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Summer Devon

REVIEW:  The Gentleman’s Madness by Bonnie Dee,Summer Devon

REVIEW: The Gentleman’s Madness by Bonnie Dee,Summer Devon

madnessDear Ms. Dee and Ms. Devon:

An m/m romance between an attendant and an inmate in a Victorian insane asylum… I think I know why this was published after Christmas. It was actually less dark and considerably less dense than I feared it would be, which made it a more accessible read, but also let me down a bit in the end.

He’s been through electric shock therapy, water dunks, an attempted rape for which he was blamed, and the loss of his clothes and writing implements, but fate still holds something worse in store for former professor John Gilliam. When an old friend turns up as part of a visiting group to observe the deviant “Mr. G,” and refuses to acknowledge him, John loses his last remaining shreds of personal dignity. “If he hadn’t been mad before, he had become so; he had nothing left. They had taken his pens, and now they stripped him of his past.” The distraught John is carefully subdued by a hugely strong yet gentle attendant, who promises to try and get his clothes and writing materials back.

Sam Tully is generally kind and sympathetic to the inmates he cares for, but he’s especially sorry for John. “A single glance could tell you the man had tumbled a great distance, down, down, down. All that learning, all that money, and yet here he lay on the floor of of the asylum in one of the padded rooms where they put the most dangerous and damaged patients.” Although he’s wary of being around the homosexual patients — “too close to home” — pity leads Tully to offer to supervise John on his own time, while he uses the oh so dangerous paper and pencil, and John’s gratitude touches him deeply. He knows that getting close to a patient is wrong and dangerous, but he can’t bear to let John down.

As John and Tully become friends, and a powerful attraction grows between them, Tully begins to lose faith in the asylum’s treatment methods. And when their burgeoning sexual relationships puts them in peril, he may be John’s only chance for freedom.

The asylum setting is central to this romance. Gay men in most historical contexts have a huge strike against them to begin with, and John and Sam are also separated by vast class differences. The asylum weirdly equalizes them in a sense, giving them a chance to get to know one another and explore the special gifts each can offer their relationship. The fact that the working class Tully has a lot of power over John in this situation is turned around very neatly, because he’s so worried about taking advantage that he actually helps John recover: “I am not often able to say yes or no in this place and you have given me back that ability. You have given me choice again, Sam Tully.” Their shared experiences also contribute to an unexpectedly strong and believable happy ending.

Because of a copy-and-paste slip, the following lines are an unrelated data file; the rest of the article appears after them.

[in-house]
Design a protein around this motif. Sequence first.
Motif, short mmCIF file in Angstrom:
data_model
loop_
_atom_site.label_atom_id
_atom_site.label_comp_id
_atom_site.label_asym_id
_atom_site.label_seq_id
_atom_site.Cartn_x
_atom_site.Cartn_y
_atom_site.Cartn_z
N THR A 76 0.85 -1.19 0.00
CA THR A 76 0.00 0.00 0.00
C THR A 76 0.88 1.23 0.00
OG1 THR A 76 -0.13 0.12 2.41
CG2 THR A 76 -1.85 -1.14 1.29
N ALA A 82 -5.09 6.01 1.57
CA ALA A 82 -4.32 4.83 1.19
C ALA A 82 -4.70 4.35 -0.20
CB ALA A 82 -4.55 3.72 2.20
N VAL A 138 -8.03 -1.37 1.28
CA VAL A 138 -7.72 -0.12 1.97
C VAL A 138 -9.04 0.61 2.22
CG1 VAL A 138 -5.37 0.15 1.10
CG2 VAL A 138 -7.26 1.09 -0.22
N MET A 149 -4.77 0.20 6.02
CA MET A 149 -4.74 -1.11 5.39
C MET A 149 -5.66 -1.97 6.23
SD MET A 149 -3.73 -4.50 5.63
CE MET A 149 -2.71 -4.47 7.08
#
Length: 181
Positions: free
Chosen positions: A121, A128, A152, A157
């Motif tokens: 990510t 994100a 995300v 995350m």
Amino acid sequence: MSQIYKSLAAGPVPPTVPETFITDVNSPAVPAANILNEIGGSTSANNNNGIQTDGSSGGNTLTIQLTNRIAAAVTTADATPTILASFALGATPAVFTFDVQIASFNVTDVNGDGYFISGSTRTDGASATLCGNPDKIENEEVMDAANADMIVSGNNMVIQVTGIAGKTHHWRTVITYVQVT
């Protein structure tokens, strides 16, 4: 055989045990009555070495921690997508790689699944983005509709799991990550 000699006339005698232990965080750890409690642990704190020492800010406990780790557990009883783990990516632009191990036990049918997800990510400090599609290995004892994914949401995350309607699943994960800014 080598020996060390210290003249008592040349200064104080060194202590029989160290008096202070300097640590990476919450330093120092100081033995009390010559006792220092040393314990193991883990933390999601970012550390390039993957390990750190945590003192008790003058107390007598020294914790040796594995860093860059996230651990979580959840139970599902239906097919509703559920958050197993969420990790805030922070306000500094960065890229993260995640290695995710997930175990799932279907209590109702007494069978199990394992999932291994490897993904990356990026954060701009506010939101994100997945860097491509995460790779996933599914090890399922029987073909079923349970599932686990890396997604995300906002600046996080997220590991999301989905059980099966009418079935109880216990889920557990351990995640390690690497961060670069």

The setting is also disturbing as hell. What happens to John demonstrates how difficult it is to prove your sanity in a place designed to completely disrupt your sense of self; John can’t even masturbate in peace, because the attendants will check. And this isn’t even one of the worst of the asylums — its head doctor is more misguided and greedy than outright evil. Initially I appreciated that narrative restraint, but I wound up feeling that the book might have been stronger if it had just gone straight for the Gothic jugular. The suspenseful elements in the later part of the story, which should have been utterly terrifying considering John’s captivity, never built up as much tension as I wanted.

I think this will have the most appeal for readers who enjoy seeing opposites attract; the distinct character voices are well drawn, and of course there are strong contrasts between the slender, intellectual John and the huge, calloused laborer Sam. The sex scenes are on the milder side, which feels very appropriate for a shorter novel — the focus stays on the characters and the setting — and the romance comes to full bloom very gently and sweetly at the end. B

Sincerely,

Willaful

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REVIEW:  The Gentleman’s Keeper by Bonnie Dee and Summer Devon

REVIEW: The Gentleman’s Keeper by Bonnie Dee and Summer Devon

Confronting the darkness of his past, he finds the light of his future.

After years gadding about Europe, Everett Gerard can no longer avoid his responsibilities. Word has come that a child bearing the unmistakable Gerard stamp has shown up at the family estate—and he realizes it’s time to face his demons.

As his carriage nears the gates of home, he fights the urge to flee the memory of the horrible crime he witnessed as a child. Yet the Abbey delivers surprises and delights he never expected.